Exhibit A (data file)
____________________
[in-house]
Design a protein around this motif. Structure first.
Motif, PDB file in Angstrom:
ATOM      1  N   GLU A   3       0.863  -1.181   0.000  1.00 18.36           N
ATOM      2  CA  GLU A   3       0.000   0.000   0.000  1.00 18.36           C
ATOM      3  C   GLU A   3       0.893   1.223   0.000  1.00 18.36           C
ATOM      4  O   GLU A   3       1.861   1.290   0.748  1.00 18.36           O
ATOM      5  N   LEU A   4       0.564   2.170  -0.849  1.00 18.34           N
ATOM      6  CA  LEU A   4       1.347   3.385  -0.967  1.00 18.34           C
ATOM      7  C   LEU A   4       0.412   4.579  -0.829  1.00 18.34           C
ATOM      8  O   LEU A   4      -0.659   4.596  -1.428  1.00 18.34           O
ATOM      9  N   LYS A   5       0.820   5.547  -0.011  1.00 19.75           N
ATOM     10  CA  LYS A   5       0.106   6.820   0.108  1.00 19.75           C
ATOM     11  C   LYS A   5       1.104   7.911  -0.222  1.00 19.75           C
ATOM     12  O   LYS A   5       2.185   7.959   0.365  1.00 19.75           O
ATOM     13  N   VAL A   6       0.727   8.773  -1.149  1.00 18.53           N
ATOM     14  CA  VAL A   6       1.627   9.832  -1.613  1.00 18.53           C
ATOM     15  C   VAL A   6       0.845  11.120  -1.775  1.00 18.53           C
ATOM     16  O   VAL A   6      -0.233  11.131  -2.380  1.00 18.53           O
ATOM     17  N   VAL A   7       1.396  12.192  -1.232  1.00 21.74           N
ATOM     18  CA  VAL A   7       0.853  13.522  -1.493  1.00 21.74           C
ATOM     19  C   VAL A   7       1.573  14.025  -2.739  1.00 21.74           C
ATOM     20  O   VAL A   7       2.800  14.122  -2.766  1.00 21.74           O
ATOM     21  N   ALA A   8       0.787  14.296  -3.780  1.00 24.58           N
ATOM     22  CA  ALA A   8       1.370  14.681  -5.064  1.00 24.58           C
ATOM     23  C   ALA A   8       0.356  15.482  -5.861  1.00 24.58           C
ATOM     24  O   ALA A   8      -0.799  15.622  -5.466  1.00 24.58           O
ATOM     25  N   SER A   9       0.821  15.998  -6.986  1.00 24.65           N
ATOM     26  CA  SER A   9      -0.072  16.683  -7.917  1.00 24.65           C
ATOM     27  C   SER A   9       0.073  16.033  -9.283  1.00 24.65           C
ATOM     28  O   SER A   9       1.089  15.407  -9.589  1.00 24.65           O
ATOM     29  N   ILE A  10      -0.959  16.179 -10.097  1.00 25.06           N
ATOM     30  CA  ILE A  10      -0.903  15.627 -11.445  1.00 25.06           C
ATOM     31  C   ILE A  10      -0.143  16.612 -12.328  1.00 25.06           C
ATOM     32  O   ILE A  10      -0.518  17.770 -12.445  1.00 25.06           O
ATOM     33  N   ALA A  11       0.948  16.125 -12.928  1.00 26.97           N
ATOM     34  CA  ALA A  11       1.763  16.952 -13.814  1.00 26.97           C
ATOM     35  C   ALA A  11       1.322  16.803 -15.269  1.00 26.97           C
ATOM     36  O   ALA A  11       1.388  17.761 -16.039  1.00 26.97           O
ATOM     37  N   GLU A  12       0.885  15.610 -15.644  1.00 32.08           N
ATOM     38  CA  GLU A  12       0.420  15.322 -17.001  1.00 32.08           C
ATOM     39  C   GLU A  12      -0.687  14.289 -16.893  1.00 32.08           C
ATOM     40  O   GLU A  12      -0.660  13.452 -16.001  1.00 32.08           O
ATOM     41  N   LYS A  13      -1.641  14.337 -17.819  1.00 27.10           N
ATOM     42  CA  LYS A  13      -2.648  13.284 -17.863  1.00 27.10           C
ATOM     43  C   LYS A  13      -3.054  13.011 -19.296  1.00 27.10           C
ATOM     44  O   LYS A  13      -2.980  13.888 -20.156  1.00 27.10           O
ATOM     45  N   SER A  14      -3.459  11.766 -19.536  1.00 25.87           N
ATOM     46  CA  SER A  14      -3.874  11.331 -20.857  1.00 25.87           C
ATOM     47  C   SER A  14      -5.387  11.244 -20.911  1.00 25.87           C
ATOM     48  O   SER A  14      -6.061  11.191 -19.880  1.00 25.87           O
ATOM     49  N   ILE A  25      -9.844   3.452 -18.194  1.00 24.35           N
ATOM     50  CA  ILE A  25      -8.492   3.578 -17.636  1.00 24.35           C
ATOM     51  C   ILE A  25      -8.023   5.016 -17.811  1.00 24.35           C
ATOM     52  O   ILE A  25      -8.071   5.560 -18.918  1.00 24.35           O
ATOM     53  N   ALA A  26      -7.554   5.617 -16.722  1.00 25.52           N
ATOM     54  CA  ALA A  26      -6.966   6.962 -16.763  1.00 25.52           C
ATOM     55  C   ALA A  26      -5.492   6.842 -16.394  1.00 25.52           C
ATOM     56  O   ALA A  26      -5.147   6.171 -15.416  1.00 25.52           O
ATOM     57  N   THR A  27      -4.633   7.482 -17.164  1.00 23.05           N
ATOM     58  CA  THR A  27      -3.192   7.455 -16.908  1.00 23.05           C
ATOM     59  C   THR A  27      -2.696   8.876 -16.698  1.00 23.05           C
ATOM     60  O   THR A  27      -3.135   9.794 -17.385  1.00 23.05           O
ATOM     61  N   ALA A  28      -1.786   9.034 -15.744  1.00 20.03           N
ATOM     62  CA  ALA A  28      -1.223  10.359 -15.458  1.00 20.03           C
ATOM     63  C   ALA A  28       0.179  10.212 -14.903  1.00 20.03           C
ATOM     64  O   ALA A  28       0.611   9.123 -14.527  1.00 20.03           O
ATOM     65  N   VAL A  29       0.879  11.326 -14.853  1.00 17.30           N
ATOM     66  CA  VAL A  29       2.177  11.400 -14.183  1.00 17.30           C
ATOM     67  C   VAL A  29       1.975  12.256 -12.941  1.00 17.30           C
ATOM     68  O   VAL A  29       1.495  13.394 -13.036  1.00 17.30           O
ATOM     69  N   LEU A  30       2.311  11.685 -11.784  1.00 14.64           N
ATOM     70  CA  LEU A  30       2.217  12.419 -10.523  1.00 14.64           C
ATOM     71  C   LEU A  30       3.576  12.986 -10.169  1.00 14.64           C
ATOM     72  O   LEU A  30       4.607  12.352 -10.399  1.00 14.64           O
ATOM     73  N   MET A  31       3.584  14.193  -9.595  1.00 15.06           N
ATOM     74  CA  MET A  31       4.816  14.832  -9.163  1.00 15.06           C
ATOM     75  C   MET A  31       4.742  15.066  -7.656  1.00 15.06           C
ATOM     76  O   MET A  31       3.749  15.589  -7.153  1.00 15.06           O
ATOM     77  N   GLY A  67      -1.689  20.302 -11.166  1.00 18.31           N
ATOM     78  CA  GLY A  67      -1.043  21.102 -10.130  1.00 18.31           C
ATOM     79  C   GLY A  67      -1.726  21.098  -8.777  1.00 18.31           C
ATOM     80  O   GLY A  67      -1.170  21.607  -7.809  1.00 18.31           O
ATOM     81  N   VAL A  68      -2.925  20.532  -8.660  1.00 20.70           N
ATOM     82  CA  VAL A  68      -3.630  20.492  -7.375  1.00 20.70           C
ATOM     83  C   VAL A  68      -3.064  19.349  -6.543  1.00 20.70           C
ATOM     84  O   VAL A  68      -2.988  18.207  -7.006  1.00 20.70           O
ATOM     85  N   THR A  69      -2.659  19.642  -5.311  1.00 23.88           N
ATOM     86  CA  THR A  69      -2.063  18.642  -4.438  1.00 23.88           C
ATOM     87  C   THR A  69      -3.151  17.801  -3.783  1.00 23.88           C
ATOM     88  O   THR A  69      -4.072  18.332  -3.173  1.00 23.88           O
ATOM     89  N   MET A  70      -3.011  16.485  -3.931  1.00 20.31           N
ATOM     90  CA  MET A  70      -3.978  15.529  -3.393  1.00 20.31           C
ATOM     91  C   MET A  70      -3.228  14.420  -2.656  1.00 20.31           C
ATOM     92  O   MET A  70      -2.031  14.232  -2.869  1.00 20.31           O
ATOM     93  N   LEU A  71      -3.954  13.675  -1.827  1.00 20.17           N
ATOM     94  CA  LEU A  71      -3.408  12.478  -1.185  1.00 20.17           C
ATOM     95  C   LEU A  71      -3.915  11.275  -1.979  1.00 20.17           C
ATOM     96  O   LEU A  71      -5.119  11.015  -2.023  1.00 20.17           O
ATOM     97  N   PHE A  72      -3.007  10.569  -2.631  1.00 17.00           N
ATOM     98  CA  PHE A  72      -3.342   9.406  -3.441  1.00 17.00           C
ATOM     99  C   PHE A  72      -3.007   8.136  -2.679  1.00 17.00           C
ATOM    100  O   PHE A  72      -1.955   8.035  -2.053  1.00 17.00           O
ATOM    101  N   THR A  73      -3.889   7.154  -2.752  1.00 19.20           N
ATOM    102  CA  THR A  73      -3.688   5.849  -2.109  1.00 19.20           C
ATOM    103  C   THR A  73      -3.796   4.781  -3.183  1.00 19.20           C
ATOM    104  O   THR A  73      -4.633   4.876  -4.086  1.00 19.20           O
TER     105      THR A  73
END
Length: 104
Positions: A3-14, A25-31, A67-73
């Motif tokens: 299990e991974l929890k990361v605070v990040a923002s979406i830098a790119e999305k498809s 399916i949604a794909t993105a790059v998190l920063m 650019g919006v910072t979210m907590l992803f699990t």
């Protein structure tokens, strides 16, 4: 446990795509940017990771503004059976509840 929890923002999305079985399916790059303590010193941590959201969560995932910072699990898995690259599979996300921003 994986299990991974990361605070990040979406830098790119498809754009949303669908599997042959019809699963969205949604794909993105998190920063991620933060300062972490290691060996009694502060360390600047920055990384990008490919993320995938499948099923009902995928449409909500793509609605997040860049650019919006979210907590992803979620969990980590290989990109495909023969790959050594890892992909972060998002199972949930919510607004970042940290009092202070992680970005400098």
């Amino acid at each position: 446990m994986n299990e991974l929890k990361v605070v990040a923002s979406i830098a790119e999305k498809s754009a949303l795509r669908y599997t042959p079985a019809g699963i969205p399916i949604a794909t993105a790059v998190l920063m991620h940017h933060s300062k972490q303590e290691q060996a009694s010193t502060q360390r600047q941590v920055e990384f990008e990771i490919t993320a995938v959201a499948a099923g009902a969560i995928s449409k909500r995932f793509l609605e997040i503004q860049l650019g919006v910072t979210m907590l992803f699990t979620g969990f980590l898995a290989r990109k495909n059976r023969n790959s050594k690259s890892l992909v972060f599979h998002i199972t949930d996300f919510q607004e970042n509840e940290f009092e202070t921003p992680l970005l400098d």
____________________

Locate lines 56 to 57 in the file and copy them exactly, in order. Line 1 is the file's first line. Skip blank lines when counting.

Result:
ATOM     53  N   ALA A  26      -7.554   5.617 -16.722  1.00 25.52           N
ATOM     54  CA  ALA A  26      -6.966   6.962 -16.763  1.00 25.52           C